Paranormal Activity 4
In the 40-or-so minutes following the credits of Paranormal Activity 4, I was left in a daze. Walking around the house aimlessly, shaking my head and muttering incomprehensibly, I resembled the victim of a brain hemorrhage. I am astounded, astounded, that this has made it into theatrical release at all, let alone earned the $50 million it has to date. I have never been an enormous fan of the Paranormal Activity series, but this entry into the franchise takes a running leap into a foetid pile of detritus. Some decent performances aside, there is very little to sustain either the horror-buff or the average movie goer.
The film picks up after the events of Paranormal Activity 2, at the end of which (Spoilers! I’m not sure why you’d want to save this surprise) the character Katie is possessed by a demon, kills her family, kidnaps her baby nephew and hits the road. Cut to 5 years later, an ordinary mid-western family begins to experience paranormal activity (ahah! Now I get the title!) when a single mother and her young son moves in across the street. The protagonist is 15-year-old Alex (convincingly played by Kathryn Newton), who quickly gets suspicious of all the weird ghostly antics around the house and decides to secretly film her family with the help of her likeable boyfriend Ben (played by an equally likeable Matt Shively.)
From there we get the usual structure of the modern horror film: quiet, quiet, quiet, quiet, quiet, BOOM, quiet, quiet. Except Paranormal Activity 4 stretches the quiet far, far too long, to the point where the viewer ceases to feel any build up of tension and simply feels impatient and abandoned. These lingering silent spans might be worth bearing if the scares were a decent pay off. They are not.
If the found-footage style of film-making has one flaw (it has many) it is that the lack of a score completely hampers any sense of rhythm, suspense or surprise. What made Jaws such a terrifying movie, to take an example, was John Williams’ understanding of the ebb and flow of a scene, using music to captivate the viewer into understanding when they are meant to be tense and when the release of a jump-scare happens. The makers of Paranormal Activity 4 understand this disadvantage, but their solution is to either ignore the problem and have a completely lifeless moment when it should be terrifying, or to clumsily add odd sound effects at the moment of a jump-scare, so it sounds as though someone has dropped a cello.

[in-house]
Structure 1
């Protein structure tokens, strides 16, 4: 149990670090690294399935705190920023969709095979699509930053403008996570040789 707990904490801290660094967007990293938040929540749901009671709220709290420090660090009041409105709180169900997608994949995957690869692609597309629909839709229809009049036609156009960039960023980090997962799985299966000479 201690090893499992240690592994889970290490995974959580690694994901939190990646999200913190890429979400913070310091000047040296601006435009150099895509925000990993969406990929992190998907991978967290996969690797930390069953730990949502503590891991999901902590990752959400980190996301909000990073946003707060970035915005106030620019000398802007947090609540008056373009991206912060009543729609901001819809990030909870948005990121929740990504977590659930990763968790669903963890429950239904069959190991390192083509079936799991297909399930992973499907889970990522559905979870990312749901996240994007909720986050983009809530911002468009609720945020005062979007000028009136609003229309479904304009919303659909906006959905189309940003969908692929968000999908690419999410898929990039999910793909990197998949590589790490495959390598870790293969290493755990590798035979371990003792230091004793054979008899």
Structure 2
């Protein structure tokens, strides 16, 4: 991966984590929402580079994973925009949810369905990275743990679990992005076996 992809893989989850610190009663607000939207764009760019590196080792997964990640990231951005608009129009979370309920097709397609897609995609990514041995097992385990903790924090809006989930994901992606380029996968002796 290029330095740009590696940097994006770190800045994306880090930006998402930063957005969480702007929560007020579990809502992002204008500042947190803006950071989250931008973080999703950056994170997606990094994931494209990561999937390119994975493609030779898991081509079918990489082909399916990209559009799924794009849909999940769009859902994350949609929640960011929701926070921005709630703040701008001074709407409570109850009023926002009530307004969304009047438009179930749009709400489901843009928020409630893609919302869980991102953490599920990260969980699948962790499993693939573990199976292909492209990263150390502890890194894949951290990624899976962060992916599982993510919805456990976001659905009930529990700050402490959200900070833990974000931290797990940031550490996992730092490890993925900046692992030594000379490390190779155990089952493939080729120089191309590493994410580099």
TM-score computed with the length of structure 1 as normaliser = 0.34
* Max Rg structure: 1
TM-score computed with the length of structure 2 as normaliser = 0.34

The worst of the supposed jump-scares are actually artifacts of the editing of the ‘found footage’. There are many long pauses where a character just stares blankly into space as though they have just realised what they’ve done to their career by being in this movie, then they’ll jump to the other side of the room with a BOOM! What were the film-makers trying to do? I’m at a complete loss. All this achieves is to desensitise the audience to any future jumpy-outy-scary moments.
There are a few genuinely decent scenes. Alex is a likeable girl we can identify and sympathise with, although she’s oddly absent for a good 20 minutes in the last quarter. The major new gimmick, the laser-grid that the Xbox 360’s Kinect uses for motion detection, provides a few silly-but-fun paranormal moments, but fades away quickly to being just another feature of the wallpaper. Most of the criticisms of this film are simply the same leveled at any found-footage horror films. They are worth mentioning again here, because they are just so much more obnoxious in Paranormal Activity 4. To be fair, the fourth iteration of anything is tough to make fresh and original, but that is why this film should simply not exist. It has run this genre into the ground.
Paramount are now shoveling these joyless films out as fast as they can make them, banking on their cheap development costs and guaranteed profit. This is why Paranormal Activity 5 has already been confirmed for next October, and why there are rumours of a Latino-based spin off from the series. The commercialism and cynicism of the studio is palpable here. This film cost $5 million to make. That’s over 300 times the budget of the original Paranormal Activity. I can only assume they spent the majority of it on rohypnol into order to suppress the overwhelming guilt they must feel for inflicting this upon the world.